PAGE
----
Each year, when December comes around, people tend to reflect on the past year, sometimes through thoughtful reflections on progress, challenges or accomplishments, at times through lists of the best or worst and often culminating in resolutions for next year. Sometimes it takes the form of satire, such as the Center’s entry in the DGHI door decorating contest, which asks for some good news for reproductive health for Christmas, providing some tongue-in-cheek examples of what that would be. Indeed, 2018 was a roller coaster for global reproductive health news—key achievements, such as the repeal of the anti-abortion amendment in Ireland, often seemed to be immediately overshadowed by setbacks, such as the failure of a similar bill to pass in Argentina. Konyin Adewumi, DGHI MSc ’17, has reflected on the ups and downs of reproductive health this past year. While acknowledging that this year was difficult for many women, she concluded with overall optimism about the progress on women’s health and hopefulness about the future of reproductive justice.
I agree with Konyin’s assessment: there is real evidence that the future of global reproductive health is bright. In May, the WHO announced that they will target cervical cancer elimination. By October, Australia reported that at current rates of screening and vaccination, cervical cancer would be eliminated in the next ten years across the continent. A landmark report by the National Academy of Science, Engineering and Medicine reinforced the safety of abortion in the United States, refuting the political attempts to regulate providers and sites with scientific evidence. Meanwhile, abortion rates continue to decrease in the United States, mainly due to better coverage of effective contraception among high-risk populations. Despite increasing threats to Planned Parenthood and abortion access in the United States, the Supreme Court recently declined to hear a case to limit Medicaid coverage at PP, essentially upholding a lower court ruling in Planned Parenthood’s favor. Reproductive and women’s health legislation may be more progressive in the upcoming years, as a record-breaking number of women were elected to the US House.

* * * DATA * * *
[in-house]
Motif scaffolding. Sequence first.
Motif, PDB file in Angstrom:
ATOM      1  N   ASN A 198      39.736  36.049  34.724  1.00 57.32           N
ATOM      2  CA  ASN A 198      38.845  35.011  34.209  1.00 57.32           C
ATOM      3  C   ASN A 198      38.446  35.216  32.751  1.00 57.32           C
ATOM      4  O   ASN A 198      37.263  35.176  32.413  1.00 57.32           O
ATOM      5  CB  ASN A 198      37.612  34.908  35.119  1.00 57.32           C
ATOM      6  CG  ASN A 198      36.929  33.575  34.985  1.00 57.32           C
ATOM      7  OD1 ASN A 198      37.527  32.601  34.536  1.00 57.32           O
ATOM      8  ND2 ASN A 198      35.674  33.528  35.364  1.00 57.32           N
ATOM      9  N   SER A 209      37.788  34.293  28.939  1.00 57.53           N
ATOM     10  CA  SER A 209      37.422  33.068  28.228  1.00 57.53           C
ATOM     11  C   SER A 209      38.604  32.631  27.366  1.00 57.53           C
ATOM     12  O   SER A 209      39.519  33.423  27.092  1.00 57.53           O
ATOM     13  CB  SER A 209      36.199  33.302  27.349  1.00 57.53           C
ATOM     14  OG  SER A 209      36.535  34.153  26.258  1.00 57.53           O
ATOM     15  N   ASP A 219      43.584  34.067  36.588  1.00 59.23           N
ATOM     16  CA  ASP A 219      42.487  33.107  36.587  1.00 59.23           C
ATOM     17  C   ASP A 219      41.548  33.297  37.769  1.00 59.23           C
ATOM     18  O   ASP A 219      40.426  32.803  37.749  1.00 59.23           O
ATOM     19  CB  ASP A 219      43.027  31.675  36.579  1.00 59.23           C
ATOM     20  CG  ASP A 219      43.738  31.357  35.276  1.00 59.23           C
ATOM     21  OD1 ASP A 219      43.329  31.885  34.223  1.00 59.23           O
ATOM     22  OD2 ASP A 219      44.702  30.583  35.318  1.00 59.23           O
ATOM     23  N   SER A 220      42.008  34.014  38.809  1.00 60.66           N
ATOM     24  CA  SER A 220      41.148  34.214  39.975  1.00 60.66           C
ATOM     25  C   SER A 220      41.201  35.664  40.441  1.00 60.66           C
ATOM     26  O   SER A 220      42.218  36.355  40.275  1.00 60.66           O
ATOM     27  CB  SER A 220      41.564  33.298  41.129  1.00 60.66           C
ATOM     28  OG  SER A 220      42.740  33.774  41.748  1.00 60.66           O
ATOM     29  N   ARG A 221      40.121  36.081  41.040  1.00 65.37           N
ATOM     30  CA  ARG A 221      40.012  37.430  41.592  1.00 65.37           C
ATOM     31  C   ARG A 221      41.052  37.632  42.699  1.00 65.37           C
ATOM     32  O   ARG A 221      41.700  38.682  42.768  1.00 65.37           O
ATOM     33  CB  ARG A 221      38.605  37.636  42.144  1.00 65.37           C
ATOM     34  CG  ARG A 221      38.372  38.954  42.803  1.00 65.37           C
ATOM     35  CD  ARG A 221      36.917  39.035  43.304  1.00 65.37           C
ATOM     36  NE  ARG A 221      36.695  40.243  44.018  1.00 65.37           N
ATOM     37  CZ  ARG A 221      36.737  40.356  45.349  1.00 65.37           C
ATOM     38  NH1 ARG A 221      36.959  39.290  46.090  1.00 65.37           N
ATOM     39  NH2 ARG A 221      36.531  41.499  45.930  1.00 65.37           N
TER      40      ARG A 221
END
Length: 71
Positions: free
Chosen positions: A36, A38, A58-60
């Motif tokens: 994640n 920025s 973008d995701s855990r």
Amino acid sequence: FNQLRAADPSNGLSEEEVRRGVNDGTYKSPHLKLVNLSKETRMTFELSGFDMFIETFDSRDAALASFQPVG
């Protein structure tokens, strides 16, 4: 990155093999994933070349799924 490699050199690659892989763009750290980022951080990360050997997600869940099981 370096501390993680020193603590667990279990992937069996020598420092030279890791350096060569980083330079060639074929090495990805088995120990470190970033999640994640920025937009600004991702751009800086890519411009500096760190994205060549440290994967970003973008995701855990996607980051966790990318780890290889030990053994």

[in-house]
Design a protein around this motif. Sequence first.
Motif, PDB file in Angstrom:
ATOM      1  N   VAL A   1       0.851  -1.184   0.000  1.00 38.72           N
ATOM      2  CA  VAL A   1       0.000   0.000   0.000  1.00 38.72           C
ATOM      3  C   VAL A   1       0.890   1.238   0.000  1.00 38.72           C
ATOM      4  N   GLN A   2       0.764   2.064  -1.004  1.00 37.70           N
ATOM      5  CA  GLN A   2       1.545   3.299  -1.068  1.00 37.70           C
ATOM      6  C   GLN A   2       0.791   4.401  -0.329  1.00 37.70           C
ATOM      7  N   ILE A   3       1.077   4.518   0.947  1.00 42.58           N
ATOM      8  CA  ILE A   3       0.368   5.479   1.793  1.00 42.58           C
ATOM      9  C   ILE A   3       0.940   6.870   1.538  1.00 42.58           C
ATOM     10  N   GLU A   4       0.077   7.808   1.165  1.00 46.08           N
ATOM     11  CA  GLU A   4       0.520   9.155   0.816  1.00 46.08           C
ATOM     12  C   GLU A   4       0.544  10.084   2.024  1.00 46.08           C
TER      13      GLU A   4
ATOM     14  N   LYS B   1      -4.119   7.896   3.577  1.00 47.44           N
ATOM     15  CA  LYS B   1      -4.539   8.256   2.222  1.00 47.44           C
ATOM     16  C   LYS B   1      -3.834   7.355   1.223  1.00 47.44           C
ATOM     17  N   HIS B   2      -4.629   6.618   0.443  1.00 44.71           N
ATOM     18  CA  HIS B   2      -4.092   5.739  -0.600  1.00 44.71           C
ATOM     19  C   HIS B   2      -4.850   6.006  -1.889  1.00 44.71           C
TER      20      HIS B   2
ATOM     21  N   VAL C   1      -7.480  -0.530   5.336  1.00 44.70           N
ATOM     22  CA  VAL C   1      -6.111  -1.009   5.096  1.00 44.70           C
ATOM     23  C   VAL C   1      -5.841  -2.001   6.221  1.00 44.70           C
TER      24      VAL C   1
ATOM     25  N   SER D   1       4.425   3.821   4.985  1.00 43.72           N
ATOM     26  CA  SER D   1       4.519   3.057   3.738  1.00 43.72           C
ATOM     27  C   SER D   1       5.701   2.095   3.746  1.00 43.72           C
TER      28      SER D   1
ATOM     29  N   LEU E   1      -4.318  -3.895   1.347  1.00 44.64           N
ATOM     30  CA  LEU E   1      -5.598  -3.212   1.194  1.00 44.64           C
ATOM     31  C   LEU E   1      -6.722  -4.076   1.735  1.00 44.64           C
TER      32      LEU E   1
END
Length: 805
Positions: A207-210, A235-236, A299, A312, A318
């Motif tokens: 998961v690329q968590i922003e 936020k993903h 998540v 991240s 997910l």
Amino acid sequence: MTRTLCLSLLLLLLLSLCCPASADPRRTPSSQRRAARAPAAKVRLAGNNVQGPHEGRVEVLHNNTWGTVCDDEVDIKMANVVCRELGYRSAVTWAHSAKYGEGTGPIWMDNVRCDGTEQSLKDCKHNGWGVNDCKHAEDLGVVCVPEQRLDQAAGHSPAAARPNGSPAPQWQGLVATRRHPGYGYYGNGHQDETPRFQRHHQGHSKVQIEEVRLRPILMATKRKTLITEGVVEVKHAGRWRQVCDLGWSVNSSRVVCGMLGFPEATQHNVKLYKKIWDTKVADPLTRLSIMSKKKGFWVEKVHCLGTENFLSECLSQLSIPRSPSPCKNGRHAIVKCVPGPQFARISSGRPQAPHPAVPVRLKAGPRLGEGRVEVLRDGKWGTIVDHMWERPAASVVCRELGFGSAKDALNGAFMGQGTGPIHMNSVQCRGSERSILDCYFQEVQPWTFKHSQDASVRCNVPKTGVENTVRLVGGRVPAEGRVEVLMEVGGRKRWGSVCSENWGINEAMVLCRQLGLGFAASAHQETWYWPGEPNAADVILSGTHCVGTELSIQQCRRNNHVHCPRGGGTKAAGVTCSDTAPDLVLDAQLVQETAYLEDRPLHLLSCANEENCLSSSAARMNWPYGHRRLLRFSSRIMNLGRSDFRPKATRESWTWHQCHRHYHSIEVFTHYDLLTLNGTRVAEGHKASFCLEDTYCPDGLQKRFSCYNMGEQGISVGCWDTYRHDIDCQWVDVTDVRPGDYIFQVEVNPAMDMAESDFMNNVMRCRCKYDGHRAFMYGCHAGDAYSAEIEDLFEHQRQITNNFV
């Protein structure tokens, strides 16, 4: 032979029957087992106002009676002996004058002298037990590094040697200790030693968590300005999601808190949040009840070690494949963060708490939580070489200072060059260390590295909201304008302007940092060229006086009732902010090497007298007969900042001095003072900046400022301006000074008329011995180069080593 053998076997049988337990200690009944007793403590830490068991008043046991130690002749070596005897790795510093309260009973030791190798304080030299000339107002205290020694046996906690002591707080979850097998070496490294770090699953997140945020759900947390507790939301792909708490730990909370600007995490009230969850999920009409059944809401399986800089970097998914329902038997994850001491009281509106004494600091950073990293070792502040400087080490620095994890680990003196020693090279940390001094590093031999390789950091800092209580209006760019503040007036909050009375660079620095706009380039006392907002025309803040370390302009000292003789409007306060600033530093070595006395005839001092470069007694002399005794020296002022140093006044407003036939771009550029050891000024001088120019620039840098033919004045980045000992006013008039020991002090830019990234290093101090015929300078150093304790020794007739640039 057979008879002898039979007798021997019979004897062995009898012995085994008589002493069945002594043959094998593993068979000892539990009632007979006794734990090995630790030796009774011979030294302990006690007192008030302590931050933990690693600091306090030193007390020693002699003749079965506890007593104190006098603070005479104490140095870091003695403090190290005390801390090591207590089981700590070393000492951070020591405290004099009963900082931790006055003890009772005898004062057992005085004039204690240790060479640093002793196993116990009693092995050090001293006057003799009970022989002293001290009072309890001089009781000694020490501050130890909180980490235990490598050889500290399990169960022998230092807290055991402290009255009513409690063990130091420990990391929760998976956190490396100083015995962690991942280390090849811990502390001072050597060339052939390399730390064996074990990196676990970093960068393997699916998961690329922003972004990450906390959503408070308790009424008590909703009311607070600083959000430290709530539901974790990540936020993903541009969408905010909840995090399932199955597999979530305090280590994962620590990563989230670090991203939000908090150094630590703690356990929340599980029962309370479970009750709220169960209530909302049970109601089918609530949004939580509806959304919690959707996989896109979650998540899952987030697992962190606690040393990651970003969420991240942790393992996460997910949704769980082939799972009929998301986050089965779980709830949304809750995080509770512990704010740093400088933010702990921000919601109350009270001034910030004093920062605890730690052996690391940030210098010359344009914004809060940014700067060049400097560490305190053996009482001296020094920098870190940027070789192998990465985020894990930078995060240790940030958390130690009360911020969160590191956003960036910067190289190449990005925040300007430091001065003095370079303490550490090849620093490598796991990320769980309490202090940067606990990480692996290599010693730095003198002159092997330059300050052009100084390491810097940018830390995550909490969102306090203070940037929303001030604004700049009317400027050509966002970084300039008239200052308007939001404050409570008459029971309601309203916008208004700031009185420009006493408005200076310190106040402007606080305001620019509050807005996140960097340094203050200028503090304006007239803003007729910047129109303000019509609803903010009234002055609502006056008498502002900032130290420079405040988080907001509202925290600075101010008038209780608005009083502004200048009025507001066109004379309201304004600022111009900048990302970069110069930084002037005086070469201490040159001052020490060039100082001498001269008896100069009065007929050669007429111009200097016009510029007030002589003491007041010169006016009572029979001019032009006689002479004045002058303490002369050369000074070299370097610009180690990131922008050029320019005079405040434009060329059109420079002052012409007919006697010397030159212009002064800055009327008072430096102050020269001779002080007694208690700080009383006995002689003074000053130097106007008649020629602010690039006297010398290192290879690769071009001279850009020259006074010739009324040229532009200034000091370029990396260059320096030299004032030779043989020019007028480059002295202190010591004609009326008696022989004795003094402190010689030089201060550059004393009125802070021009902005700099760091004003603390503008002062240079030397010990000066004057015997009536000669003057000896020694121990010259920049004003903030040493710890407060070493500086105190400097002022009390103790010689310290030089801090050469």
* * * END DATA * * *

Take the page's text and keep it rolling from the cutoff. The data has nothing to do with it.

On a more local level, Duke continues to show their leadership in global reproductive health. The Global Reproductive Health Leadership Symposium and the launch of the Center in March are just a few examples of the interest in growing Duke’s capacity and providing opportunities for students and faculty. Duke students continue to show their passion and talent in this area, with potential to make real change in Durham and around the world. A Data+/Bass Connections team (BD4RH) working on data visualization methods for contraceptive calendar data presented the apps they developed and won an award at the ICFP meeting in Kigali, Rwanda. A group of Duke seniors developed a mobile app to facilitate community-based cervical cancer screening in Kenya—and will be testing it in the field next spring and summer. Duke students were ready to show their voices in this year’s election—over 90% of my Global SRH class voted, and had the selfies (see below) to prove it! Four students visited the Kisumu site this summer, and Duke leadership showed commitment to the mission, with a visit from the Chancellor and DGHI Leadership.
As we wind down this year, I hope everyone finds some time to relax with family and friends, and engage in whatever traditions and celebrations bring you joy. 2019 will be full of challenges and opportunities, and I look forward to continuing this work with a renewed sense of energy, purpose and possibility.